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Exploring the Promise of Actor Analysis for Environmental Policy Analysis: Lessons from Four Cases in Water Resources Management

Leon M. Hermans, Delft University of Technology


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A persistent challenge for the development of well-informed and sound environmental policies is to improve the connection between environmental experts, decision makers, and other involved actors. Answers are sought in processes for social learning and adaptive co-management that engage experts, decision makers, and local actors in an interactive way of policy making. The preparation and organization of such interactive processes is usefully supported by actor analysis, which can help to identify the main actors to be involved in environmental policy making, to locate useful local knowledge, to identify potential conflicts, and to assess the feasibility of different policy measures. I explored the promise that actor analysis holds to support environmental experts in environmental policy analysis activities. I present and discuss the findings from four cases in water resources management. These findings are counterintuitive in that they suggest that environmental experts are more reluctant to use the insights provided by actor analysis than one would expect based on their frequently expressed desire to improve their connection with decision makers. Therefore, I conclude with a discussion of three mechanisms that might explain these findings, as well as their consequences for the future use of actor analysis in environmental policy analysis.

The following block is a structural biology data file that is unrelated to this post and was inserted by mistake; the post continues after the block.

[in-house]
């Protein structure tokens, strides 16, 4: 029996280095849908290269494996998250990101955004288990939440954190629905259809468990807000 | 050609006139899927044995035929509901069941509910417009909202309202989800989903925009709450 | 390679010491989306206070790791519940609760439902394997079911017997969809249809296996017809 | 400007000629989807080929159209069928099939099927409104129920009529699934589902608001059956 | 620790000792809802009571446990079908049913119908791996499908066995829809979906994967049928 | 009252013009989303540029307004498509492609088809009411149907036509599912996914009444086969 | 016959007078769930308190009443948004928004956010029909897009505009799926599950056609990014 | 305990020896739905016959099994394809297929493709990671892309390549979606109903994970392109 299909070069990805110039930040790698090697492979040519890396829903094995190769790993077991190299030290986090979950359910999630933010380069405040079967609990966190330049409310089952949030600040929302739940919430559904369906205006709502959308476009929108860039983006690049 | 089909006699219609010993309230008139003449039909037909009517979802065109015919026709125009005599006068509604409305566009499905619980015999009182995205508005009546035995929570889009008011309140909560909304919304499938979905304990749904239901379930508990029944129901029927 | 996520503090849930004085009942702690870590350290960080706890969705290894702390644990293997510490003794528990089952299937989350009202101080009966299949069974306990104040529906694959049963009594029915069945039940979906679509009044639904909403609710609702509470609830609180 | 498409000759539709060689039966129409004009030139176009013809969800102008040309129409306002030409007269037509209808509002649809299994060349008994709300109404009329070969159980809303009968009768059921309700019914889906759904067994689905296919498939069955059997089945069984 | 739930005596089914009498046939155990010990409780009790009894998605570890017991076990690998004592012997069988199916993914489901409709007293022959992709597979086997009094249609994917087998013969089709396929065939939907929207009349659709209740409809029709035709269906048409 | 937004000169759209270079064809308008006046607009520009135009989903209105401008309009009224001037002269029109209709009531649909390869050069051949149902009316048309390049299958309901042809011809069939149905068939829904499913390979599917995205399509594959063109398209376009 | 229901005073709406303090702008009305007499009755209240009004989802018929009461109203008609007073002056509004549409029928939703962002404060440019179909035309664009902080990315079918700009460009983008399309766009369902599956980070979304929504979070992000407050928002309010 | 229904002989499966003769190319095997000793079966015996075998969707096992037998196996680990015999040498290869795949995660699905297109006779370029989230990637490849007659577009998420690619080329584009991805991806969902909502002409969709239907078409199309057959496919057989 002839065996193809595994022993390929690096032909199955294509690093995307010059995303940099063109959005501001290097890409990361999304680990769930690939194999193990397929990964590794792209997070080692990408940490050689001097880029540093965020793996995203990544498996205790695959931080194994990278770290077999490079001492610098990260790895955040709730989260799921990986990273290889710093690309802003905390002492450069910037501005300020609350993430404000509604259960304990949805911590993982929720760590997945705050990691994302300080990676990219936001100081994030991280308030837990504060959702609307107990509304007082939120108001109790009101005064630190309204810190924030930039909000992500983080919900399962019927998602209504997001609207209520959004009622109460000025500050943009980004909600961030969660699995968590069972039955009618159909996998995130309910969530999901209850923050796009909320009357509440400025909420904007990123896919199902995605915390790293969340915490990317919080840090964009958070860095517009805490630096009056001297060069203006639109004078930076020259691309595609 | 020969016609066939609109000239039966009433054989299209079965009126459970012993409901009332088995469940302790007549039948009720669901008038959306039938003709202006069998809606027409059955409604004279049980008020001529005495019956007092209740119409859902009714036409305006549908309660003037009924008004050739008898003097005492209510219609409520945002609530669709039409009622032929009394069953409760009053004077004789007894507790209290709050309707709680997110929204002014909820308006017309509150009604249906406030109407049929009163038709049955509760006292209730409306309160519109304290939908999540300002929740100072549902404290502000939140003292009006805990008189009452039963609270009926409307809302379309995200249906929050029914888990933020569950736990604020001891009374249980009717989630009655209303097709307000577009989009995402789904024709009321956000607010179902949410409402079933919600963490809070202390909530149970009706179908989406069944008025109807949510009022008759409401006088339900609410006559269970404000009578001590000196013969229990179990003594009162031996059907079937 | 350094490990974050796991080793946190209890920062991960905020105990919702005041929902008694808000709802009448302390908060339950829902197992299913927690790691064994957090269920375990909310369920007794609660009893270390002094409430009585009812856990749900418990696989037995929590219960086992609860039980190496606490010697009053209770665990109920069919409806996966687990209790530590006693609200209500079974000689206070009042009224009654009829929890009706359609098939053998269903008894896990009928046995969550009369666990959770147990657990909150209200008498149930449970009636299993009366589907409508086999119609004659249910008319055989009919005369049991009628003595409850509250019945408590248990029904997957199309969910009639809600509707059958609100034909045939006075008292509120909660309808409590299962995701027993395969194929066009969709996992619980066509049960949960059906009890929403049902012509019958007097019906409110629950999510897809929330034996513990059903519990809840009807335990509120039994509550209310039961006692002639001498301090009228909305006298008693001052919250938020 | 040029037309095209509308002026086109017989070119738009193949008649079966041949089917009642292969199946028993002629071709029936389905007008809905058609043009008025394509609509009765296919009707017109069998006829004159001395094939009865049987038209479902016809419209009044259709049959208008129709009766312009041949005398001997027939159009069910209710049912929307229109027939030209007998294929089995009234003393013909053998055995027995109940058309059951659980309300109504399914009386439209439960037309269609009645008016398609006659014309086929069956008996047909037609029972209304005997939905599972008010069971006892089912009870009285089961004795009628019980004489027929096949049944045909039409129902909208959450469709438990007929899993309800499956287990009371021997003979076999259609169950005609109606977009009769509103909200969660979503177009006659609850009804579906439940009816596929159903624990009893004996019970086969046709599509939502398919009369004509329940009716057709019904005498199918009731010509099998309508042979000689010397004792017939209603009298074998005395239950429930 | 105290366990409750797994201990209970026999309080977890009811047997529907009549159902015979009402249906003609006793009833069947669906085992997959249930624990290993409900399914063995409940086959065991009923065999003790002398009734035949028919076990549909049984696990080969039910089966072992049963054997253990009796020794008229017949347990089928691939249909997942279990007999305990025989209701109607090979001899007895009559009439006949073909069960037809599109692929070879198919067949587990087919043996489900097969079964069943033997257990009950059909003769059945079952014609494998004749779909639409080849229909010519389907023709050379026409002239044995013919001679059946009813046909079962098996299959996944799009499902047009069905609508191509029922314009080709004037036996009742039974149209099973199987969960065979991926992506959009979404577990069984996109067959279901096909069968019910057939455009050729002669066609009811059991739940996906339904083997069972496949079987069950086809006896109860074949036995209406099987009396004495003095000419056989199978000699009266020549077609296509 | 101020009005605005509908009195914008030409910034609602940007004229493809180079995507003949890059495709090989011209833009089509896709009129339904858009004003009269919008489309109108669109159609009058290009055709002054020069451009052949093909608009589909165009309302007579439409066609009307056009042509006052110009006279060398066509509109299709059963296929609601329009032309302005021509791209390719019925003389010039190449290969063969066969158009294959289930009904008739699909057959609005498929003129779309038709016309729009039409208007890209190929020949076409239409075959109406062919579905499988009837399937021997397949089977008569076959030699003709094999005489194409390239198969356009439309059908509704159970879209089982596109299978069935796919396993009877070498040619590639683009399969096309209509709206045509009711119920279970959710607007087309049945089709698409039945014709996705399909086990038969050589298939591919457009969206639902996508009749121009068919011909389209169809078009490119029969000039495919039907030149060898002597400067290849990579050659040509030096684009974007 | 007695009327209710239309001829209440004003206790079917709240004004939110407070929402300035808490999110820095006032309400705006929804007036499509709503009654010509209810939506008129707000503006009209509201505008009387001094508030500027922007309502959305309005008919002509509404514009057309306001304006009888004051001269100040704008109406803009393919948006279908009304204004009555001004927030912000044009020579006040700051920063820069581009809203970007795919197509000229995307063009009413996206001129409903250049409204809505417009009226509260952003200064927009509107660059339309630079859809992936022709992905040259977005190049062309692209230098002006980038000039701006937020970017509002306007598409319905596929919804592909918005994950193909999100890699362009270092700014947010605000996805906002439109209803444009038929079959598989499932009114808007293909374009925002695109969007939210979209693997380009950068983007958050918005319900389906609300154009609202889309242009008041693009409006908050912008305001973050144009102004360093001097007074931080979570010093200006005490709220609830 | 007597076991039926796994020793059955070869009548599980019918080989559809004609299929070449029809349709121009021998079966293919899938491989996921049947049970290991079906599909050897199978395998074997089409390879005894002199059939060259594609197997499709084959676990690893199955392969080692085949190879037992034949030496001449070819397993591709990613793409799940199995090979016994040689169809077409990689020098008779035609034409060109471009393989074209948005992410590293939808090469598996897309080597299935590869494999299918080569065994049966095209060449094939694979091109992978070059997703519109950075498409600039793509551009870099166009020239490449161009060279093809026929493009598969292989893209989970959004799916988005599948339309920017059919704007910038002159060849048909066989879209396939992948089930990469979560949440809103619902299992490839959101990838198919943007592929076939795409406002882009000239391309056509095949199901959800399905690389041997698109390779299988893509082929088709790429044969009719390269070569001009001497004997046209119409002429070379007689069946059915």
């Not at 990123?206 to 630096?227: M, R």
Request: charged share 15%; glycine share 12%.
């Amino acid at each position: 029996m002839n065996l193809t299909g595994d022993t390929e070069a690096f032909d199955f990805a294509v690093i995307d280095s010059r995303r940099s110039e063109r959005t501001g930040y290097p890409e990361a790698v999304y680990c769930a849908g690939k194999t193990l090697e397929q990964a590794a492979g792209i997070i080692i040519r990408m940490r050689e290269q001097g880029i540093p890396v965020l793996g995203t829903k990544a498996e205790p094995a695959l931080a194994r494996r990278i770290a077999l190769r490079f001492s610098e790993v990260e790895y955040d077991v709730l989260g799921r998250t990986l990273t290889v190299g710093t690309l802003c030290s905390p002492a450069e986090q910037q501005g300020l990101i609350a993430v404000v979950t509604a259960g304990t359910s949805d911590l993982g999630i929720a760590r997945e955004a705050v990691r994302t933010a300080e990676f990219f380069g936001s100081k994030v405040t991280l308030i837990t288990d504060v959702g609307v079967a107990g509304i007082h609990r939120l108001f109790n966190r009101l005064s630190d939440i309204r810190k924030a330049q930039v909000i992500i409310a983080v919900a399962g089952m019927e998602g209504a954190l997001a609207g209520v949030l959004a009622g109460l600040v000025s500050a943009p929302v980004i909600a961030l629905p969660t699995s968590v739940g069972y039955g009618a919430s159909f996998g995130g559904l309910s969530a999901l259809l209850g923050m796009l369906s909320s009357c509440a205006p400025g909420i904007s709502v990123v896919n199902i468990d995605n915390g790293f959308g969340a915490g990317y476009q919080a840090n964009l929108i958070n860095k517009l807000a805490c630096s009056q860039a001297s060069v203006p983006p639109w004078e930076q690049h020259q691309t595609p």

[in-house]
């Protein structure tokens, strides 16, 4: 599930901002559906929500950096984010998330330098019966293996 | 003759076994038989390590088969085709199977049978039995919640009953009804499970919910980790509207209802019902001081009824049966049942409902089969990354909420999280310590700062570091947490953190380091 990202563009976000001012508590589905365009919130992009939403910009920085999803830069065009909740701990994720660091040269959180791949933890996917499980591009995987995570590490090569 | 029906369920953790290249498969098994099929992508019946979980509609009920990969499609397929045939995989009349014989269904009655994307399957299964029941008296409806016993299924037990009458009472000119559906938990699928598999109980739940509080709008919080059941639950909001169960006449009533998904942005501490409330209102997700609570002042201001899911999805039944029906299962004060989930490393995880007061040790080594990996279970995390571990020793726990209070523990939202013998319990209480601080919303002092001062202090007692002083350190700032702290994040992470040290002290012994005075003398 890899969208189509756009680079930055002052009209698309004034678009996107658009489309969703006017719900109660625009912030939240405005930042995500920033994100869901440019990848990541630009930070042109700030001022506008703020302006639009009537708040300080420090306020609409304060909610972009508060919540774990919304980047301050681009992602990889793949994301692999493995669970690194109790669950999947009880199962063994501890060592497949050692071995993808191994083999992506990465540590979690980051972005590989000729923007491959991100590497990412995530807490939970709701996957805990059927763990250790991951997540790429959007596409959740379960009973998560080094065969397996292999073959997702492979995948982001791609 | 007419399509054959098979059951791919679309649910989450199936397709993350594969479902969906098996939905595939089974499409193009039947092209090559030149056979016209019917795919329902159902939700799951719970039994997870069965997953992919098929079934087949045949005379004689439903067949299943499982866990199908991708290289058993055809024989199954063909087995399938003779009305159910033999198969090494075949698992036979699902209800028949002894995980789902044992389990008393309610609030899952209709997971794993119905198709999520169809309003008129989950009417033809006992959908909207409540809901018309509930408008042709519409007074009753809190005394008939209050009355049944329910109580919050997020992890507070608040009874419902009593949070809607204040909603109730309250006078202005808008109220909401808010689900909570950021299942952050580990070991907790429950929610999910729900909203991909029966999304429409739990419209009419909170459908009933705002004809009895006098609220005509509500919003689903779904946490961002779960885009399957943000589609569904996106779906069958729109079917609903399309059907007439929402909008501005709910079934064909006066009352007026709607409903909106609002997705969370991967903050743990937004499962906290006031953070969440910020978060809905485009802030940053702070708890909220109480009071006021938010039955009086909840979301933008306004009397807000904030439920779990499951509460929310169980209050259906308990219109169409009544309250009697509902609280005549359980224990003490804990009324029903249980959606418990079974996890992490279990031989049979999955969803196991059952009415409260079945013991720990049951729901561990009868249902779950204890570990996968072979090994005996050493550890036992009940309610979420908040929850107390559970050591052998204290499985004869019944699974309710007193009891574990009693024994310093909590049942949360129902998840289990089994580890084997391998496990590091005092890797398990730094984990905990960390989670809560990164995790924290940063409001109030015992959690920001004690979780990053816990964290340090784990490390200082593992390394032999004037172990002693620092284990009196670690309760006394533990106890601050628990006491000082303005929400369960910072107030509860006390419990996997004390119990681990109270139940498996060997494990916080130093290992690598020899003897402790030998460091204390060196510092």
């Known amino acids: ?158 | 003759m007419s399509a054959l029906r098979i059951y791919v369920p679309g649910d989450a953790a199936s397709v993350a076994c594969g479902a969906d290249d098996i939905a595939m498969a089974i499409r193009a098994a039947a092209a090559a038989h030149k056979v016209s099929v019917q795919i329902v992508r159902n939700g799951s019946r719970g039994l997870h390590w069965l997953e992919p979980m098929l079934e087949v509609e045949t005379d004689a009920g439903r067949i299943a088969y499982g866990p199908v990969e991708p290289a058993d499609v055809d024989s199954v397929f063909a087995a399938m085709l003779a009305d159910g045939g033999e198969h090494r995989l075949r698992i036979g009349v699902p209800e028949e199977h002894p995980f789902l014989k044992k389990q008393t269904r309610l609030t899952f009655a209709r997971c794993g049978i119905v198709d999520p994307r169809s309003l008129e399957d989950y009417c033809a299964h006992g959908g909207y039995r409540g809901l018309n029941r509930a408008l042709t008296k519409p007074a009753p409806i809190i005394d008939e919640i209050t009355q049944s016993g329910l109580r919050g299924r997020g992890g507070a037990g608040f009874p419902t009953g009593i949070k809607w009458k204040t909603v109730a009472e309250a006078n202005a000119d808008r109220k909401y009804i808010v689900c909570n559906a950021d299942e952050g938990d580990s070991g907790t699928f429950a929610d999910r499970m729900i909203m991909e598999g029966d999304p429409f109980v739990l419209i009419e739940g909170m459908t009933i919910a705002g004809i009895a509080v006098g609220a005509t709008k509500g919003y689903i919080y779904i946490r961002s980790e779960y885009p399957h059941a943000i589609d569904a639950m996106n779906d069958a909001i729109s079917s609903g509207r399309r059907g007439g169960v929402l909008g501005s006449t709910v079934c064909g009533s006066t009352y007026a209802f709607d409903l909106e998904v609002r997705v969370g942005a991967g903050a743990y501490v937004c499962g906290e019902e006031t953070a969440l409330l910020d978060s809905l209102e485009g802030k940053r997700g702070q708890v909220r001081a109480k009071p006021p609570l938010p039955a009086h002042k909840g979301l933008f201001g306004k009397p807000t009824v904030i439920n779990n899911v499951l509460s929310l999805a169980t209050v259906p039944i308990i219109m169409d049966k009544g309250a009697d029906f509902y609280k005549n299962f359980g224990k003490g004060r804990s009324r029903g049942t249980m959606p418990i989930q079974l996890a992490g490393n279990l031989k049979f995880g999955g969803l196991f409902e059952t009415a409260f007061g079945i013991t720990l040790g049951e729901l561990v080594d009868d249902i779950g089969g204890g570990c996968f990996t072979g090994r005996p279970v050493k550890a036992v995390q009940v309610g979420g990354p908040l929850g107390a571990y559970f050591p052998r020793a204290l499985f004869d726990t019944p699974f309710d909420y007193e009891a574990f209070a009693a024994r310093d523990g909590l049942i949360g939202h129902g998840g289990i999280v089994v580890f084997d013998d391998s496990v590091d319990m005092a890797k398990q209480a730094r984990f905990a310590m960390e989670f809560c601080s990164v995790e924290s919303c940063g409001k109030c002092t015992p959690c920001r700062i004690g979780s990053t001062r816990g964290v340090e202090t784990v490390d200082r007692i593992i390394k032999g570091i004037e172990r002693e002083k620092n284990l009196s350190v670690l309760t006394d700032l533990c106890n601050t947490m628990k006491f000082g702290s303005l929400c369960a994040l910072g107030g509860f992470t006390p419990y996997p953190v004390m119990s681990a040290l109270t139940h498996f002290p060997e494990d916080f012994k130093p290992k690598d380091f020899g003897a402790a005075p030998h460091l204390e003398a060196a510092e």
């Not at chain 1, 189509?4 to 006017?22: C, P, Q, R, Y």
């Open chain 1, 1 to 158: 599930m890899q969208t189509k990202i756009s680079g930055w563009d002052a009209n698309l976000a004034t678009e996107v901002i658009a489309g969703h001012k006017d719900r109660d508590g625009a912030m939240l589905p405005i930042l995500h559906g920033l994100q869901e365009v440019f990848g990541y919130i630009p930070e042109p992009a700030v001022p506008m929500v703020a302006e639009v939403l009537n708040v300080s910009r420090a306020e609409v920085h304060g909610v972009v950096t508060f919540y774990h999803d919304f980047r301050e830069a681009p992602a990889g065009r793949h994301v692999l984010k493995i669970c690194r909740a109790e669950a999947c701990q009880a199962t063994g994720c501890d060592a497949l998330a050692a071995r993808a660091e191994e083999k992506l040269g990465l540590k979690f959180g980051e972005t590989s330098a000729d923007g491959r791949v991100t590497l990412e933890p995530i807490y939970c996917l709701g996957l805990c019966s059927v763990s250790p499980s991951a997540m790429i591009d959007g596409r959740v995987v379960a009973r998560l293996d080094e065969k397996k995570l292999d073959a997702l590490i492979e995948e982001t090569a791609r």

Key words

actor analysis; environmental policy; policy analysis; stakeholder analysis; water resources management

Copyright © 2008 by the author(s). Published here under license by The Resilience Alliance. This article is under a Creative Commons Attribution-NonCommercial 4.0 International License. You may share and adapt the work for noncommercial purposes provided the original author and source are credited, you indicate whether any changes were made, and you include a link to the license.

Ecology and Society. ISSN: 1708-3087